Constantin taps Blake to pen 'Winnetou'
Helmer Robert Schwentke, fresh off the success of “Red” and currently bringing “R.I.P.D.” to life, is delving into the rise of the Nazi Party in his native Germany for Constantin Film’s “The Poison Kitchen.”
Pic is one of several high-profile projects on the German mini-major’s 2012 slate.
Constantin is also revisiting the Old West, tapping “Dances With Wolves” scribe Michael Blake to adapt “Winnetou,” one of the most beloved Native American heroes in German literature.
“The Poison Kitchen,” penned by Matthew Sand (“Ninja Assassin”) and produced by Constantin’s Robert Kulzer and Margo Klewans, tells the true story of the Munich Post, the newspaper that waged war for more than a decade against the burgeoning Nazi Party and its leader Adolf Hitler, who referred to the broadsheet as the “Munich Pest.”
After ascending to power in 1933, Nazi stormtroopers raided the paper, destroyed the printing presses and imprisoned the editorial staff, shutting down the paper for good.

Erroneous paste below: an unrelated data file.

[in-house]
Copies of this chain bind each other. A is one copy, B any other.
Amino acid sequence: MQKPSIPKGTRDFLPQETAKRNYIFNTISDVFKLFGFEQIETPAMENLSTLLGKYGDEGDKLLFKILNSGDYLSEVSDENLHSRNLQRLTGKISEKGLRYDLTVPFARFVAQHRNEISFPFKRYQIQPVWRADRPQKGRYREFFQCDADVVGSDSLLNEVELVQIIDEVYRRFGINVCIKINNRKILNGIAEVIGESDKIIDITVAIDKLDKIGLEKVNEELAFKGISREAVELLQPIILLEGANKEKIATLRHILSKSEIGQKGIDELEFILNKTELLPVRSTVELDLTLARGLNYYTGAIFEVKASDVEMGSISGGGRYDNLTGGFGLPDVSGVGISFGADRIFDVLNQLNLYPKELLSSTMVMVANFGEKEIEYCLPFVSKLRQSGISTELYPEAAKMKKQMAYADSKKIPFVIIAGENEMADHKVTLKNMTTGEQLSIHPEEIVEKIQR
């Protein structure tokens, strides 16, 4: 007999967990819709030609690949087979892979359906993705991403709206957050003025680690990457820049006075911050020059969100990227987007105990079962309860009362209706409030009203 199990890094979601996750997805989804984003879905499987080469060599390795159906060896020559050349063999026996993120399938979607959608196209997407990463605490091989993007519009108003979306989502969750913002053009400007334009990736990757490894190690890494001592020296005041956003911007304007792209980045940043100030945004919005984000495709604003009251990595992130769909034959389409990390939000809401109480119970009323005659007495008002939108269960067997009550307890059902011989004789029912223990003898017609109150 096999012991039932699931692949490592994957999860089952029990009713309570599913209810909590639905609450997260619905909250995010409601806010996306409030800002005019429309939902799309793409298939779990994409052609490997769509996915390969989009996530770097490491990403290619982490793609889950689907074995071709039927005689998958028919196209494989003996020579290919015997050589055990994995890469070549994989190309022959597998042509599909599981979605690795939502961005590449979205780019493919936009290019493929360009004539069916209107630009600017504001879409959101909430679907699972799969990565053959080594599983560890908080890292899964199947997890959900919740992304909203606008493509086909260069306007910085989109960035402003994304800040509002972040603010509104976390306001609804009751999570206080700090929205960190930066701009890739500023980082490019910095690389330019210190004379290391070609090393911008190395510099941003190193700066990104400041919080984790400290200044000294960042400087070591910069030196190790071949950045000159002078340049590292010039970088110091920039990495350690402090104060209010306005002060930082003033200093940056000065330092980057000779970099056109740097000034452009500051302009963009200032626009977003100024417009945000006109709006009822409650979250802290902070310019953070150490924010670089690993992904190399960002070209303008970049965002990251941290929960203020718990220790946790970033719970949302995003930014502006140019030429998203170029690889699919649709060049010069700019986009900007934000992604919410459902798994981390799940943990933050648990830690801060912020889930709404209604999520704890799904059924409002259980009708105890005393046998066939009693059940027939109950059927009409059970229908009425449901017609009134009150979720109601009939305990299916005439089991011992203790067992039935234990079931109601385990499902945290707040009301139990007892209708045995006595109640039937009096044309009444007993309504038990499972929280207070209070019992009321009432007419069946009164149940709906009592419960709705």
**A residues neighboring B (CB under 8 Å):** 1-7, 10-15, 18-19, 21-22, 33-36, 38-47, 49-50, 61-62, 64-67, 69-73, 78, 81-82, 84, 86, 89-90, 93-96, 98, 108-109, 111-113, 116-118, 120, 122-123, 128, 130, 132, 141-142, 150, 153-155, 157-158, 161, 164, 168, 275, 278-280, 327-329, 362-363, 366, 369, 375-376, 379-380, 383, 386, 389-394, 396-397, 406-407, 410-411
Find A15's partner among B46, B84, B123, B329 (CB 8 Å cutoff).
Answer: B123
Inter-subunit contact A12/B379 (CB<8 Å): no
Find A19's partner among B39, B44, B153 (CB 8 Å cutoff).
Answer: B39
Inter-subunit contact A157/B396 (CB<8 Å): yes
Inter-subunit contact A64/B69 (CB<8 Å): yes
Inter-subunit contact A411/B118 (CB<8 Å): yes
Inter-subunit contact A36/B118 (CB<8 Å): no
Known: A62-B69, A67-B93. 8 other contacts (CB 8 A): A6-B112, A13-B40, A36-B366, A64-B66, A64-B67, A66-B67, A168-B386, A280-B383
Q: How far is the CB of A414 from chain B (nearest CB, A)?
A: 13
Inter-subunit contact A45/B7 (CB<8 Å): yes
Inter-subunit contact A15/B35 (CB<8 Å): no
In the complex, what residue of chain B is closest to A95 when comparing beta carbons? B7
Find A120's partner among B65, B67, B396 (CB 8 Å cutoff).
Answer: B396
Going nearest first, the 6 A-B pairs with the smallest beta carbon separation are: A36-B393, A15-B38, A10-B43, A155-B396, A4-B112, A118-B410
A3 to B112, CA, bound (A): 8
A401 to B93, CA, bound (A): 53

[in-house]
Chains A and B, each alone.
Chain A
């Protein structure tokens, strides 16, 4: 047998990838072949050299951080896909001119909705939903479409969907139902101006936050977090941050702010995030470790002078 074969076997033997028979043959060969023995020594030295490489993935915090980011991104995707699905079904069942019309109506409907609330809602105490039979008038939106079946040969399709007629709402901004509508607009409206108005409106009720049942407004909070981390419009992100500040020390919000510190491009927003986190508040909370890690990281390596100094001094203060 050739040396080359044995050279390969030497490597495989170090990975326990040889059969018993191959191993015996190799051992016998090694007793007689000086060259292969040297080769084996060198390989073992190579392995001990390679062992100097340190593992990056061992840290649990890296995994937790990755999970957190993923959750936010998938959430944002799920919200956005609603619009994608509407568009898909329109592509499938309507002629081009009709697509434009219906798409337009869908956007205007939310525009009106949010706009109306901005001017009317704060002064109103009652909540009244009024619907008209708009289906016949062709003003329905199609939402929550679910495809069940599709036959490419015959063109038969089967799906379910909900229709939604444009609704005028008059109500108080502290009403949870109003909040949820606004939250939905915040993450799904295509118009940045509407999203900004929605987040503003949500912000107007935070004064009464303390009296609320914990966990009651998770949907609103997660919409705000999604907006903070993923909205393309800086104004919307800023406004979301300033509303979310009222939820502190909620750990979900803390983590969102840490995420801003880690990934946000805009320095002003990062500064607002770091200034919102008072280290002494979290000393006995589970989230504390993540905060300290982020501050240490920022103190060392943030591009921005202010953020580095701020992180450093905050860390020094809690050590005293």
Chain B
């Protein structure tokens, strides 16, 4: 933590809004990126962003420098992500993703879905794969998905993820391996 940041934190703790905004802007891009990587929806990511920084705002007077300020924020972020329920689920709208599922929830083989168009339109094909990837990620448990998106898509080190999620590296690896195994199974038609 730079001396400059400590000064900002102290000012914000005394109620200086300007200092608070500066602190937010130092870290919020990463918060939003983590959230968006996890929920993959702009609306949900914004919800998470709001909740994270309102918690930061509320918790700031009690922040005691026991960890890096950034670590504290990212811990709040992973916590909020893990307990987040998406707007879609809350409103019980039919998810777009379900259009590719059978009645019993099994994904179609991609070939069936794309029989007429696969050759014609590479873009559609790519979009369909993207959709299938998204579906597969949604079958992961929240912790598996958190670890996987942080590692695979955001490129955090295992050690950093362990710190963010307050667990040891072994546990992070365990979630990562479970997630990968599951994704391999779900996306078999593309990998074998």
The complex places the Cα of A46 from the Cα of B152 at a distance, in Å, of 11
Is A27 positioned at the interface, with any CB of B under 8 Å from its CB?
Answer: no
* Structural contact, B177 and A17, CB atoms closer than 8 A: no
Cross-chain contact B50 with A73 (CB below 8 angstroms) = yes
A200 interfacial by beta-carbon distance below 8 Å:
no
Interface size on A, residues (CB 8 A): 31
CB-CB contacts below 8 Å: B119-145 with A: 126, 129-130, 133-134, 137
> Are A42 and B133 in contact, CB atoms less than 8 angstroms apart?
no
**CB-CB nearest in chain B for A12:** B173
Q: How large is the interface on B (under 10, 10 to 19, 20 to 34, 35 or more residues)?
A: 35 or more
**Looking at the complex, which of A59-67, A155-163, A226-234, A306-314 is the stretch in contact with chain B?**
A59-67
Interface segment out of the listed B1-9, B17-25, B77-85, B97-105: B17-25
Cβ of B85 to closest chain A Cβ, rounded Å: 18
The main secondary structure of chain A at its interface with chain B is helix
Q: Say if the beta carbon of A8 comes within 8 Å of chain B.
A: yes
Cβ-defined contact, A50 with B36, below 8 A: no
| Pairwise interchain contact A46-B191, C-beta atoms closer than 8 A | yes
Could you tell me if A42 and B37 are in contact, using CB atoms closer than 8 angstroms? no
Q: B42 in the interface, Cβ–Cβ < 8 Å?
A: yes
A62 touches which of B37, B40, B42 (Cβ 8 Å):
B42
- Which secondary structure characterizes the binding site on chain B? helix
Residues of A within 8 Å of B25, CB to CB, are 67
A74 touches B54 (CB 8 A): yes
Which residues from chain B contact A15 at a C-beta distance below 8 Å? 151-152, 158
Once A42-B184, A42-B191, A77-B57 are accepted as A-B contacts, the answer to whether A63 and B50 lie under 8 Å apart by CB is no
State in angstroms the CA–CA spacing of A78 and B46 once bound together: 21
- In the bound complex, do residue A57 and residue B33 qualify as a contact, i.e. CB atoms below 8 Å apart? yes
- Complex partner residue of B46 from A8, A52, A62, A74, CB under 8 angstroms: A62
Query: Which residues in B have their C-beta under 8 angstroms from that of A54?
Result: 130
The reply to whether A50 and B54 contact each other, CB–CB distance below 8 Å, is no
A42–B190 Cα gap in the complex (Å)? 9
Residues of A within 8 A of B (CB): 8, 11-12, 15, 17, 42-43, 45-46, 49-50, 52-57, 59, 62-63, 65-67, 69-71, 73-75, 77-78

Pic, which takes its name from a chapter in Ron Rosenbaum’s “Explaining Hitler,” published by Random House, is being fast-tracked by Constantin, most likely as an English-language production.
Moszkowicz, Constantin’s head of film and television, said the idea is to make a real movie thriller as opposed to a historical-political drama, adding that Schwentke was the ideal director to do just that.
“We’ve always wanted to do a movie about the ramp up to 1933: What happened in the early years, how did Hitler get to where he ended up and how did that work? That’s really about this time,” said Moszkowicz, who is exec producing.
In addition, Blake is penning an English-language adaptation of Karl May’s “Winnetou,” a German-language classic about the American West that spawned several novels.
Hugely popular in Germany, the books inspired a series of films in the 1960s, shot on location in Yugoslavia, that starred French thesp Pierre Brice as the Apache hero Winnetou and American actor Lex Barker as his faithful pale-faced companion Old Shatterhand.
The pic goes into production next year, possibly in New Mexico, which would provide authentic locations for the Apache tale and tax credits. Kulzer and Moszkowicz are again producing and exec producing, respectively.
Constantin’s current line up is looking strong. The company is certain to light up the box office next month with Paul W.S. Anderson’s “The Three Musketeers” and Christian Ditter’s tyke Viking actioner “Wickie and the Treasure of the Gods,” and follows this fall with Roman Polanski’s “Carnage.”
Schwentke is repped by CAA, Sand is repped by ICM.